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1776 was a year that began with much promise for the Rebels of the American Colonies. The British had been camped in Boston for months and Washington’s Army had sat frustrated across the river in Cambridge unable to roust the king’s men or their ships of war. But then Colonel Henry Knox, who was a bookseller in Boston before the Revolutionary War began, suggested bringing the cannon’s from the newly captured Fort Ticonderoga through the woods from upper state New York, through snow, over frozen and half frozen rivers, to Boston to tip the balance. Knox pulled off the seemingly impossible while Washington’s men built transportable breastworks and in the middle of the night, the makeshift barriers and the 43 cannons and 14 mortars were hauled to the top of Dorchester Heights and aimed down on the city of Boston. In the words of British Engineer, Archibald Robertson, “A most astonishing night’s work!” In the morning, General Howe began to consider his options. The newly erected fortifications gave him pause and many in his army began to think that an attack would be suicidal. But fate took a hand and a storm of hurricane proportions blew in. By the time the storm had died the American position was truly impregnable. Howe realized he had few options and gave orders for the evacuation of Boston. On St Patrick’s Day, less than two weeks later, all the soldiers and ships of war sailed for Nova Scotia along with many of the loyalist colonials. 

Declaring our Independence

During that long spring, Continental Congress in Philadelphia was busily drafting petitions to the King to put an end to the conflict on amicable and fair terms, but their petitions were ignored or rejected. Common Sense had been published early in the year and widely distributed cementing the resolve of the Sons of Liberty and their followers. That along with Washington’s victory in Boston hurried the tide of revolution and on July 4th, 1776 the Declaration of Independence was passed unanimously.

But then things began to go downhill. Washington's men suffered horrendous defeats in New York at the hands of British and Hessian soldiers. The losses of Forts Washington and Lee had taken a heavy toll to the Patriot cause as many troops were killed or taken prisoner, much needed supplies/munitions were abandoned in the evacuation of the forts, and the belief in the possible achievement of independence was dwindling. Washington’s army was forced to retreat across New Jersey, and the earlier hopes were fast being dashed. Enlistments were down, desertion was high, and funds were low. Men on both sides of the conflict and of all stations and ranks began to question if the Revolution could be ending in the same year in which independence was declared.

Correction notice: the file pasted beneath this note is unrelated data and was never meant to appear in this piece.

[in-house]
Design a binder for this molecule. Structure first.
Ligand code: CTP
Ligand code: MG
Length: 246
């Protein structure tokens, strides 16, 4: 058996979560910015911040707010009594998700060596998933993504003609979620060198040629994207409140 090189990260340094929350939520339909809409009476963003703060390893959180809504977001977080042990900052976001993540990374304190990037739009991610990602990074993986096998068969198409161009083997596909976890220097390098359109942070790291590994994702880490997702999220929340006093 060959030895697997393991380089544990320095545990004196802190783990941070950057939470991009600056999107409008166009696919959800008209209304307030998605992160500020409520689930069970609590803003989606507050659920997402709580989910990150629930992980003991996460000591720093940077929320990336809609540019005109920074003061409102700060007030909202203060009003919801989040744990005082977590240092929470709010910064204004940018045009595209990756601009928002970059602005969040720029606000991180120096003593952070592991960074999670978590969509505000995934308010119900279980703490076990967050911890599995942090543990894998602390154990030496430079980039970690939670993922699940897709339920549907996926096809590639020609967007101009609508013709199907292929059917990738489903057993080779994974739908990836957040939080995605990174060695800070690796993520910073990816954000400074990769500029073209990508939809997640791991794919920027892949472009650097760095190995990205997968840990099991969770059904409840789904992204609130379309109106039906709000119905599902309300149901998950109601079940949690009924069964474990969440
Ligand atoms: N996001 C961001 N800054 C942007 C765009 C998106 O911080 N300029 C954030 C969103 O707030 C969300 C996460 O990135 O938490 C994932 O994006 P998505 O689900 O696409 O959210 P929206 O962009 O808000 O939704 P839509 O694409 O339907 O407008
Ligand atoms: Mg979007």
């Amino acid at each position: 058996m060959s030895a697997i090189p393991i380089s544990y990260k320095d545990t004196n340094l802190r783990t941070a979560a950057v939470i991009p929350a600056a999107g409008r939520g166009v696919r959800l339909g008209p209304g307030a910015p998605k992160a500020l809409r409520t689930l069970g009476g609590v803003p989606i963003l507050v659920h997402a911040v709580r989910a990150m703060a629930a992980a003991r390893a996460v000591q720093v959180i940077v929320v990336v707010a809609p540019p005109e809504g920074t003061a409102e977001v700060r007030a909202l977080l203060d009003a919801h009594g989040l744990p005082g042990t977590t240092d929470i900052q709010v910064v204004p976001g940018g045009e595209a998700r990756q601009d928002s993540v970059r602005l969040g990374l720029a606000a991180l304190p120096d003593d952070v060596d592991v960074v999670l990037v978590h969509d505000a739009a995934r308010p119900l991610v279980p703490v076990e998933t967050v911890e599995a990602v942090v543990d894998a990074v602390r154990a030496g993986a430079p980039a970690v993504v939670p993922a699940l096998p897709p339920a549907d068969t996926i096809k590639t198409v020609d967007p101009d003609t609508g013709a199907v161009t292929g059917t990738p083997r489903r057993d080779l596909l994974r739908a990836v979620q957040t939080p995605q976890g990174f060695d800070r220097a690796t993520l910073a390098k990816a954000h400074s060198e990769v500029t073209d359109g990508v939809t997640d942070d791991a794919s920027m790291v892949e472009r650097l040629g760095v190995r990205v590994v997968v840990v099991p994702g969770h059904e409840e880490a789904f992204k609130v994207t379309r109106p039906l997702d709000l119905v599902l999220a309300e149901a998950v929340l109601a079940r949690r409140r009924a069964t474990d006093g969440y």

Declaring our Independence
Washington Crossing the Delaware
Washington Crossing the Delaware

When Washington and his army approached the Delaware River in Trenton, late in 1776, Washington ordered all boats to be commandeered, especially the big Durham boats and his army crossed into Pennsylvania. As winter set in and the troops found shelter, many felt the campaign season, if not the war, was over. It would have been acceptable for both sides to go into winter quarters to regroup, re-supply, and strategize for the start of the 1777 spring campaign. Most of the British troops returned to New York for the winter, leaving mainly Hessian troops to garrison small outposts in and around Trenton. Washington, fearing his army would not survive in its current state to the next campaign season, decided to make a bold move and attack the Hessian outposts. He planned for the army, including the militia recently connected to the army to divide into three units and cross the Delaware River on December 25, 1776. Armed with the phrase "Victory or Death" the men began to cross the Delaware River around 4:00 pm. The crossing of the River using the Durham boats, ferry boats and other craft took longer than expected as a nor'easter blew up causing sleet and freezing rain to pelt the weary troops. Large ice flows and flood-like conditions hindered the nighttime maneuvers. Colonel Glover's Marbleheaders from Massachusetts steadily rowed the boats back and forth until all of Washington's troops were on the New Jersey side.

Washington his troops marched to Trenton at 4 am, several hours later than intended and losing the cover of darkness. But the attack at 6 am still came as a complete surprise. The Hessians were defeated and approximately 900 of them were captured and brought back to Pennsylvania as prisoners. The Patriot cause was invigorated and pushed the morale of the troops to new heights. The victory gave rise to new enthusiasm in Congress and cemented Washington's role as a leader. 

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    Skye Taylor
    St Augustine, Florida

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